|George Herbert Walker Bush|
|Born||June 12, 1924|
|Died||November 30, 2018 |
George H.W. Bush (often Bush Senior to differentiate from his idiot son) was a carpet bagger, former Texas oil man, head of the C.I.A., Reagan's Vice President "during the Iran Contra", and U.S. President and father of 2nd worst president in United States history according to many polls that reflect a little something called "reality", which we all know has a a liberal bias. 50% white-bread gentry, 50% cowboy, as opposed to his son, who is homogenous.
As his Vice President he chose juvenile and noted
intellectual dickhead, Dan Quayle.
Despite his faults, Bush Senior is sometimes regarded as the Last of the Gentleman Republicans (aka Moderates). Despite being Reagan's Vice President, he didn't believe in trickle down economics. In fact, it was Bush who coined the term "voodoo economics". Stephen Colbert commented he wasn't a bitter partisan. If fact, when he lost re-election to Bill Clinton, he left him a note in the Oval Office, wishing Clinton luck because that his success was America's success. Also being the last WWII combat veteran President gives him some points.
Between 1968 and 1974, Bush was was a strong candidate for Vice President by Presidents Richard Nixon and Gerald Ford during both the 1968 and 1972 elections and to fulfill the vacancies via the 25th Amendment.
Bush decided to run for President and challenge incumbent Democrat President Jimmy Carter. On January 5, 1980, he attended a Republican Primary Debate in Iowa. One of Bush's main primary rivals, former California Governor Ronald Reagan was not there. Due to Reagan's popularity within the party, Bush and the other candidates spent 90 minutes attacking the absent Reagan.
Despite his war hero record, being the director of the CIA and ambassador to the UN and China, very few people knew who he was before then. But he was confident in his chances. The night of the Iowa Caucus, he told political commentator Pat Buchanan, "Hey, Pat, I got the Big Mo", as in momentum. Bush even won the Iowa Caucuses, with 33% over Reagan's 27%, a 6% difference.
In 1980, Reagan was 68 and Bush was 55. Some assumed Reagan was too old to run for President. The last man to become President at 68 was William Henry Harrison, who died a month after taking office. Bush was getting a lot of exercise between political events, challenging Reagan to do the same. This infuriated Reagan.
On February 23, 1980, Reagan had a one-on-one debate with Bush in Nashua, New Hampshire. He even offered to pay for it. At the last second, Reagan had the other Republican candidates join in the debate. After Reagan spoke of having the other candidates in the debate, the Debate moderator asked for Reagan's microphone be turned off. This enraged Reagan's supporters. Reagan responded "I am paying for this microphone, Mr. Green!" to the adulation of his supporters. That moment ended Bush's chances of being the nominee.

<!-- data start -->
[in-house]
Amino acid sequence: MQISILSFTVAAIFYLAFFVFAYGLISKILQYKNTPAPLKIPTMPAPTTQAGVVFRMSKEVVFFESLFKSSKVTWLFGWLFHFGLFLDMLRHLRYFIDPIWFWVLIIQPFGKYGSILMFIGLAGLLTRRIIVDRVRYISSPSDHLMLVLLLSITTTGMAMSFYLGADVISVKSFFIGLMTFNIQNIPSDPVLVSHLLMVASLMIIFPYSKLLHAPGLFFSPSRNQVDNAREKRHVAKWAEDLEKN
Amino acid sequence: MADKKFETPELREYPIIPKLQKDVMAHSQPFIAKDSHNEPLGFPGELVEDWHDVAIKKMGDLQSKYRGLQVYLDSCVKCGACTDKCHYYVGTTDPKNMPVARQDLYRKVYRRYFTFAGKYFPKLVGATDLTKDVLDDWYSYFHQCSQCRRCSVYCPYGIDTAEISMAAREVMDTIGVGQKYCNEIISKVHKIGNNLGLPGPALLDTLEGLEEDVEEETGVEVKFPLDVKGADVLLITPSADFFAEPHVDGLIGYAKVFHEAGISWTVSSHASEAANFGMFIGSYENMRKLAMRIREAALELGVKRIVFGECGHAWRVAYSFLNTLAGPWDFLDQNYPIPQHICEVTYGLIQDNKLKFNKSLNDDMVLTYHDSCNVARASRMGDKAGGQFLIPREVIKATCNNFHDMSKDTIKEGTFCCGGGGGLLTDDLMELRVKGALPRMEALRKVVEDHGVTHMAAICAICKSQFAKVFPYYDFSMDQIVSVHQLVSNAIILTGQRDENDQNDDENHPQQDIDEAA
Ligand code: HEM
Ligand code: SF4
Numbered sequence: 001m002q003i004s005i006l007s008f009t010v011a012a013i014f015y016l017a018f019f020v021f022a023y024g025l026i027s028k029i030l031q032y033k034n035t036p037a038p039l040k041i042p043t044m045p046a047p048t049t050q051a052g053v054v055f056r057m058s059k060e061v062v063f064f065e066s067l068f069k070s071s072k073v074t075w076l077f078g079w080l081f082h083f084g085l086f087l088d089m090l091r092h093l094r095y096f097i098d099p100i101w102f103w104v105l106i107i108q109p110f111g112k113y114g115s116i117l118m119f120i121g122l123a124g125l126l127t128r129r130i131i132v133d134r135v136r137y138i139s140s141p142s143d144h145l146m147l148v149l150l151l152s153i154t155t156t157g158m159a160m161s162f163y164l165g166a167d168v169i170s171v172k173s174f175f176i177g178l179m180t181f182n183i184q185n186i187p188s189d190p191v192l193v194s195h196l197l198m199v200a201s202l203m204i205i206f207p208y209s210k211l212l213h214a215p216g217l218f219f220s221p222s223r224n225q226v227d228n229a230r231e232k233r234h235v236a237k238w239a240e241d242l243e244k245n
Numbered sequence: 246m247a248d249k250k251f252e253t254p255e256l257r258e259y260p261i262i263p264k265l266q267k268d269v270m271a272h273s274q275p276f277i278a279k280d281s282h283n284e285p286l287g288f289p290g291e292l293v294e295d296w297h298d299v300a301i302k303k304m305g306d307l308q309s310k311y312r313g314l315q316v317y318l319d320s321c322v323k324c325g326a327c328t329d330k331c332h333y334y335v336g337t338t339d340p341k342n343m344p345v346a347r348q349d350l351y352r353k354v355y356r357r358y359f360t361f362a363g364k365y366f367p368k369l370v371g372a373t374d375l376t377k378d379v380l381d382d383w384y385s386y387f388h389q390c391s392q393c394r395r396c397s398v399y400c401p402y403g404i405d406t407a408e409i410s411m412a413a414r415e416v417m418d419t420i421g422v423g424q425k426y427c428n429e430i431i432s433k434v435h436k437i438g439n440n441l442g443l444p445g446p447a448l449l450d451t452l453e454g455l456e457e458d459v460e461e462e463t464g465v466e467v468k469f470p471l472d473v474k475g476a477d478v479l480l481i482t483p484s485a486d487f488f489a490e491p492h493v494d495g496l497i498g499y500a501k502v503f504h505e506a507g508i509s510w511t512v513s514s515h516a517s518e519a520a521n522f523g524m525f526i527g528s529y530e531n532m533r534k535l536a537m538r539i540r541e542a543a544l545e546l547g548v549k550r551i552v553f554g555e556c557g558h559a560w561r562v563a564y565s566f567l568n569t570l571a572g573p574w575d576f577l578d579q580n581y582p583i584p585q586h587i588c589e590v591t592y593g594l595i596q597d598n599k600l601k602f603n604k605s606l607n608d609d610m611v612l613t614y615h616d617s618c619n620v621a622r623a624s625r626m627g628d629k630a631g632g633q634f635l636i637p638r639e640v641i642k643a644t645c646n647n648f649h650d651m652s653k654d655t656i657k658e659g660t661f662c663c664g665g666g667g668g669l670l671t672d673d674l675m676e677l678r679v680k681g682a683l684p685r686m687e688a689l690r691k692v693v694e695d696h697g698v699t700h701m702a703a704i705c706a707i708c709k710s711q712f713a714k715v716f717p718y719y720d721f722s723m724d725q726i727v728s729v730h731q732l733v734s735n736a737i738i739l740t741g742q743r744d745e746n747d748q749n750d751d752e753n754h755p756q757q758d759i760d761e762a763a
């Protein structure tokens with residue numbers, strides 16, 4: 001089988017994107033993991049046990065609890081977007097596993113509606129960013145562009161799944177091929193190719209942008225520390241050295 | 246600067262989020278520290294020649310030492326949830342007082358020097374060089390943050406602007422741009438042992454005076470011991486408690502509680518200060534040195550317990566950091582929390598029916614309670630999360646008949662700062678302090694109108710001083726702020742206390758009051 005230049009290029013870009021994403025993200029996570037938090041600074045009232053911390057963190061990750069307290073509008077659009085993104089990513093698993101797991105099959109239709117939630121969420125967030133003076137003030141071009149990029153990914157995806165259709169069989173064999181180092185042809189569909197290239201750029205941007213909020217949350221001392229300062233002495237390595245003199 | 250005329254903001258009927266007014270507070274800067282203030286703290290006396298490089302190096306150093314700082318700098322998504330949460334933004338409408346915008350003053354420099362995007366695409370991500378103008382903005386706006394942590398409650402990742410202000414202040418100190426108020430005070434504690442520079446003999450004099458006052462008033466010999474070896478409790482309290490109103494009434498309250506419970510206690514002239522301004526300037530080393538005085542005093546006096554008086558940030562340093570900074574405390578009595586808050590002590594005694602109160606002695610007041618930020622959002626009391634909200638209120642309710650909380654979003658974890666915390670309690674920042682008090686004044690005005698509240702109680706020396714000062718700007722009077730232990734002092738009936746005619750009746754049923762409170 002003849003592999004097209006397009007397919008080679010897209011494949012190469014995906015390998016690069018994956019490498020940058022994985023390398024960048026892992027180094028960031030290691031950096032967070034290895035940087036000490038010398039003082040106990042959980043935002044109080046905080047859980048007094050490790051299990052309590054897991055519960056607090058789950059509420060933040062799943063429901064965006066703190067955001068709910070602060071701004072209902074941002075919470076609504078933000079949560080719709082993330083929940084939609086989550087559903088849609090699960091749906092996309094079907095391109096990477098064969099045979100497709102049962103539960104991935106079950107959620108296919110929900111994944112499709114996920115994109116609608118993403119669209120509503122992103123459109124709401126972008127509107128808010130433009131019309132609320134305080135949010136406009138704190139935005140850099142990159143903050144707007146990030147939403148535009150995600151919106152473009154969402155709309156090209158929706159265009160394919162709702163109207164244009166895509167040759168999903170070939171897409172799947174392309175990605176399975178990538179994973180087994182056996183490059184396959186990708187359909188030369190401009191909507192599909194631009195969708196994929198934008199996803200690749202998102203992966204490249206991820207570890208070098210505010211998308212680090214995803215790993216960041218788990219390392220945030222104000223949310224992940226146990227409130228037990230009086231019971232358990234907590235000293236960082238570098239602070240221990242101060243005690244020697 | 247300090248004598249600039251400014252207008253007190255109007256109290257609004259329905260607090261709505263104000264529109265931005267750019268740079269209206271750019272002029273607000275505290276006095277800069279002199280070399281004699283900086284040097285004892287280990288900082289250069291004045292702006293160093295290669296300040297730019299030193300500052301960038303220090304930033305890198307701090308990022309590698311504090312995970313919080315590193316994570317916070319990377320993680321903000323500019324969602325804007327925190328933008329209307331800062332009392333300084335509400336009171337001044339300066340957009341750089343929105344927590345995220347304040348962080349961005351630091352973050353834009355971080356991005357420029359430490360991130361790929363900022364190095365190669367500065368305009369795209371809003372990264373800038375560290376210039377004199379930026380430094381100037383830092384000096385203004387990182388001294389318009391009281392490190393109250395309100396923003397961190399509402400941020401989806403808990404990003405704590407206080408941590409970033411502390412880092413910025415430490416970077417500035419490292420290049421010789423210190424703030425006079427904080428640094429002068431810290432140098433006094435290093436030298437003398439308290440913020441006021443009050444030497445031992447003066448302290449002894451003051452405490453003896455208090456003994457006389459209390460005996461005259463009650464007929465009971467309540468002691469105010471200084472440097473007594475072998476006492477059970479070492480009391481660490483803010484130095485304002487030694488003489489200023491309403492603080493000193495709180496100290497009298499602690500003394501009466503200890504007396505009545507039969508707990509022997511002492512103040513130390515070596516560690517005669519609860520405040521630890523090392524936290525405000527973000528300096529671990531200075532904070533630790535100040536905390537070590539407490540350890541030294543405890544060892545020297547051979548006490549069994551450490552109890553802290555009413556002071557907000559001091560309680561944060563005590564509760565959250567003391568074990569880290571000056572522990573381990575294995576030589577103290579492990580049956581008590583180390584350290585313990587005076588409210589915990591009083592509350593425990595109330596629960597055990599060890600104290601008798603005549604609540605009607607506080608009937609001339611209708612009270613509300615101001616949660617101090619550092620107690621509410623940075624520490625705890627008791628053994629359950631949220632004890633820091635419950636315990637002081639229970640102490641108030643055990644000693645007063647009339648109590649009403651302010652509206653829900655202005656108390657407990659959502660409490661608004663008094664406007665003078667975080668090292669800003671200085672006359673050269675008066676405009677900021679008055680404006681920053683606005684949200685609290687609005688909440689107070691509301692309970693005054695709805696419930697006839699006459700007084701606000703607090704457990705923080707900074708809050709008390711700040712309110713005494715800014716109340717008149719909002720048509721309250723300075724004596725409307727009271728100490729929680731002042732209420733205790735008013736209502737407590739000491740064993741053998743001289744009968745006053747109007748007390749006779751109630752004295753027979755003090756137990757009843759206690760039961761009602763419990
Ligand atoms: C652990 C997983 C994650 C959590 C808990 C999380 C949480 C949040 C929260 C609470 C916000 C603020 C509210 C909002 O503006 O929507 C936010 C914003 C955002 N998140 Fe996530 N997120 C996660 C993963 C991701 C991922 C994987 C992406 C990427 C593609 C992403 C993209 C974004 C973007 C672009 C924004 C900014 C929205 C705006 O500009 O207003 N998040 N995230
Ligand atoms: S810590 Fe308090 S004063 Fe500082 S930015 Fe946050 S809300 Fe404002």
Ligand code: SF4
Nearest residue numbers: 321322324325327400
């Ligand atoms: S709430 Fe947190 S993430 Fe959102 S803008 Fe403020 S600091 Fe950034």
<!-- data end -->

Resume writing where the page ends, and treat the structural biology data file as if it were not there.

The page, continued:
Despite being defeated by Reagan, Bush was chosen as Reagan's running mate as way to balance the ticket between conservatives and moderates. The two would go on to defeat President Jimmy Carter.
Bush was selected for another term as Reagan's vice President in 1984. They easily defeated his former 1980 vice-presidential rival Walter Mondale in a landslide victory.
"I am here today to announce my candidacy for President of the United States."- Bush makes his annoucement.
With Reagan thankfully term-limited by the 22nd Amendment, Bush decided to make another attempt for the White House. But by 1986, the White House was in a full-blown scandal. The Iran-Contra Affair revealed that President Ronald Reagan had sold weapons to Iran, which was the subject of an arms embargo. The administration then illegally used the proceeds of the arms sale to fund the Contras in Nicaragua. Under the Boland Amendment, further funding of the Contras by the government had been prohibited by Congress. The Reagan administration's credibility, which included then-Vice President Bush, was shattered. Bush was worried Iran-Contra would destroy his chances of winning in 1988. He knew during the election, he would have a hard time separating himself from President Reagan and Iran-Contra. In February 1987, investigators revealed the secret arms trade was being run from inside the White House. Being one heart attack away from the Presidency, this implicated Bush in the controversy.
On October 12, 1987, Vice President Bush announced his candidacy for the Republican nomination. His campaign team included Secretary of the Treasury James Baker, future-Fox News demagogue Roger Ailes and political strategist Lee Atwater for his campaign manager.
Bush's rivals in the primaries were mainly Senate Majority Leader Bob Dole (Kansas), far-right lunatic televangelist Pat Robertson and New York congressman Jack Kemp. Dole and Kemp would later run against President Bill Clinton in 1996 and lose.
No matter where Bush went to campaign, inevitably the question of his involvement in Iran-Contra would come up. Reagan may have done the deed of Iran-Contra as President, but Vice President Bush was linked to Reagan obviously. The Bush campaign made the decision that Chief of Staff Craig Fuller would be the only one to address questions about Iran-Contra.